Former running back Emmit Smith holds many rushing records, but how would a running back of his caliber fare with today’s Dallas Cowboys?
Former Dallas Cowboys running back Emmitt Smith’s name adorns NFL rushing records. In his 15 NFL seasons, Smith set and still holds records for most career yards (18,355), most career touchdowns (164), most seasons and consecutive seasons with more than 1,000 yards rushing (11).
As a Cowboy, Smith won four rushing titles and three Super Bowls. Only he and running back Jim Brown won three rushing titles before the age of 25. Current Cowboys running back Ezekiel Elliott had a chance to become the third in 2019. Wouldn’t it be wonderful if Emmitt played for America’s Team again, conjuring up some of those exciting moments?
In his first four seasons in Dallas, Smith rushed for 5,699 yards on 1,262 attempts, an average of 4.5 yards per carry. He played in 60 games and caught 189 passes, adding 1,235 yards to his production. With such statistics, Cowboys fans can only wish for another opportunity to have a record-setting Hall of Famer in the backfield. Or, can they?
Since Cowboys quarterback Dak Prescott shocked the NFL with a rookie season beyond expectations for a fourth-round pick, the Boys first-round, fourth-overall pick has been held at arm’s length from the spotlight. Truthfully, the way Zeke has been treated stinks of self-validation. It’s as if the Cowboys front office has pumped Prescott in attempts to validate their own genius.
In his first four seasons in Dallas, Elliott rushed for 5,405 yards on 1,169 attempts, an average of 4.6 yards per carry. He played in only 56 games and also caught 189 passes, adding 1,619 yards to his production. With such statistics, Cowboys fans can only wonder why the second coming of Emmitt has been suppressed.
If you don’t like math, here’s a quick summary: In their first four seasons, Zeke rushed for 294 fewer yards than Smith. But, he played in four fewer games and had 93 fewer rushing attempts. He had a higher yards-per-carry average and with the same amount of receptions had 384 more receiving yards.
In 2016, Zeke missed the NFL’s rookie rushing record by 177 yards. He received only 12 carries in game 15 against the Detroit Lions and was held out of game 16 against the 7-9 Philadelphia Eagles. And although Zeke won his first rushing title as a rookie, Dallas quarterback Dak Prescott was given rookie-of-the-year honors. Dak finished 19th among NFL quarterbacks in yards.
Zeke has continued thriving among his rushing peers. Despite missing six games in 2017, he nearly reached 1,000 yards for the season and finished in the top-10 of running backs for total rushing yards. In 2018, he won his second rushing title. In 2019, his 1,357 yards were 183 shy of rushing title winner Derrick Henry.
In 1990, quarterback Troy Aikman commanded the offense in Dallas. The statistical comparisons between Aikman and Prescott, like Smith and Elliott, are close to similar. Offensive balance is where the early 90’s Cowboys diverges from the current team.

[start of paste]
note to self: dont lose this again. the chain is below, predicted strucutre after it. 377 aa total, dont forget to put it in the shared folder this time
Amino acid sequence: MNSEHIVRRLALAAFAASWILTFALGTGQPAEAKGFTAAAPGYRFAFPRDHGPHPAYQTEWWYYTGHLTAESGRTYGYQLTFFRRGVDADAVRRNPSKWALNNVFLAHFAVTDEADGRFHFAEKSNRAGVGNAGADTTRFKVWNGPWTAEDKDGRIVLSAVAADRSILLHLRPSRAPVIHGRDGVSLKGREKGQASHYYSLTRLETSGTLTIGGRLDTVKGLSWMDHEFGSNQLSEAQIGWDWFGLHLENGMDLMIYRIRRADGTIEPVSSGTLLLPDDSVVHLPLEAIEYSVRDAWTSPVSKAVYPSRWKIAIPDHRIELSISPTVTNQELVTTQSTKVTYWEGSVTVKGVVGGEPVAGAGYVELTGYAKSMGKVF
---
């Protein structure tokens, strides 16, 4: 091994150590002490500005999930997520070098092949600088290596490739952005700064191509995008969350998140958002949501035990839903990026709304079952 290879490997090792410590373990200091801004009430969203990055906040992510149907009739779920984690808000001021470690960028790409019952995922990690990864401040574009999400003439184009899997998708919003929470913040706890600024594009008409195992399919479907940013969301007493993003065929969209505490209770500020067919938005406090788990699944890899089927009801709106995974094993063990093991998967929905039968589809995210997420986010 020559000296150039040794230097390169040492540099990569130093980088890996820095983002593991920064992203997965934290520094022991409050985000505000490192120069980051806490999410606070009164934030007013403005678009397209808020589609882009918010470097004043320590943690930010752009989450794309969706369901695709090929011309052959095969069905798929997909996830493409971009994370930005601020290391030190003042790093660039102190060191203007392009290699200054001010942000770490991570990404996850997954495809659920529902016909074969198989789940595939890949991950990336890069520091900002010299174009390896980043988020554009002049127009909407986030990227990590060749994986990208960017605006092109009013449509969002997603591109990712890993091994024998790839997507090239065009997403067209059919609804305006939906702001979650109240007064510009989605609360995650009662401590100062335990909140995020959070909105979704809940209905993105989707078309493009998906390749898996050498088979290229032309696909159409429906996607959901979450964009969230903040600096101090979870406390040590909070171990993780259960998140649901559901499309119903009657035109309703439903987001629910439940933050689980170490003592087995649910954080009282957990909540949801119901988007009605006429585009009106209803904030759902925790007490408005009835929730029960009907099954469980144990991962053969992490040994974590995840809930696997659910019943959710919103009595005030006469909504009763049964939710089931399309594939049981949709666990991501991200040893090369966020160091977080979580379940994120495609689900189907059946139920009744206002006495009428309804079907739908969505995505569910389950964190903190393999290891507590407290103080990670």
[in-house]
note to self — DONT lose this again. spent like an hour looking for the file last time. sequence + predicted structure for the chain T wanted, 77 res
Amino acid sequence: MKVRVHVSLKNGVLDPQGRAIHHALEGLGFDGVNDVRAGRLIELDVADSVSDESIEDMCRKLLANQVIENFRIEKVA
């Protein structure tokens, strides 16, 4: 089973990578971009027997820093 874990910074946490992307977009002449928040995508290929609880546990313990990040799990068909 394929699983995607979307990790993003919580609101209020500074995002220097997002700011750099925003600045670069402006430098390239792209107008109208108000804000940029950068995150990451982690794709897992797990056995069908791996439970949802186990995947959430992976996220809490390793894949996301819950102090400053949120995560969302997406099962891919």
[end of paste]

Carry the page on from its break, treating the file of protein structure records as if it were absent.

The two graphs below illustrate the Cowboys pass and rush attempts from 1990-1993 and 2016-2019. The Cowboys have been most successful when the lines are closer together, meaning equity among passing and rushing. In ’92 and ’93, the Cowboys won the Super Bowl. In ’16 the Cowboys were 13-3, clinching a first-round bye and home-field advantage throughout the playoffs. In 2017, they finished 9-7 when Zeke, who averaged 98.3 yards per game, missed six games.
The graphs also show the Cowboys have been less successful when further apart. The Cowboys finished 7-9 in 1990 but reached 11-5 as the gap narrowed. The biggest difference between the graphs, however, is the closing of the gap from 90-93 and its opening from 16-19. In fact, the 2019 8-8 season is not only a reflection of the season-to-season pattern but also each game during the 2019 season. When Dallas ran as much as they passed, they won. When they passed far more than they ran, they lost.
Incredibly, former Dallas head coach Jason Garrett claimed that opponents stopped the run. His misconception provoked questions regarding Zeke’s 2019 contract, which made him the highest-paid running back in the NFL. Here’s an interesting find in response to those questions: Of the top-5 rushers in 2019 and the top-5 highest-paid running backs of 2019, Zeke had a significant advantage in part of his game, which improved from 2018.
I owe my two sons credit for inspiring this find. They often commented that Zeke never gets stopped for a loss. Of course, he does. But sometimes perception does lead to reality. In this case, their perception turned out to be a significant sign of Zeke’s ability. You may have noticed how well he keeps his knees off the ground or how patient he is when looking for a hole or how he manages to shift his body for a short gain instead of taking a loss.
Compared to the highest-paid and top rushers in the league, Zeke has an incredibly lower rate of rushes for no gain or a loss: 11.3% of his rushing attempts. He far surpasses top-five rushers Derrick Henry (17.49%), Nick Chubb (17.79%), Christian McCaffrey (17.77%), and Chris Carson (17.99%), as well as Le’Veon Bell (19.59%), David Johnson (18.09%), and Kenyan Drake (26.83%), who along with Zeke and Henry make up the top-five in annual salary for 2019.
Emmit Smith had unique gifts too. Of course, he did. Why else would he still hold numerous NFL records? Unless, of course, we assume his records reflect the opportunities he’s been given. Maybe some players receive more opportunities. Maybe some players start getting held back with only 17 carries against Michigan State, their team losing a close game and a possible Heisman Trophy for their star back. And maybe, being reprimanded for expressing his postgame opinion taught him to be silent when a fourth-round pick is getting the attention he deserves.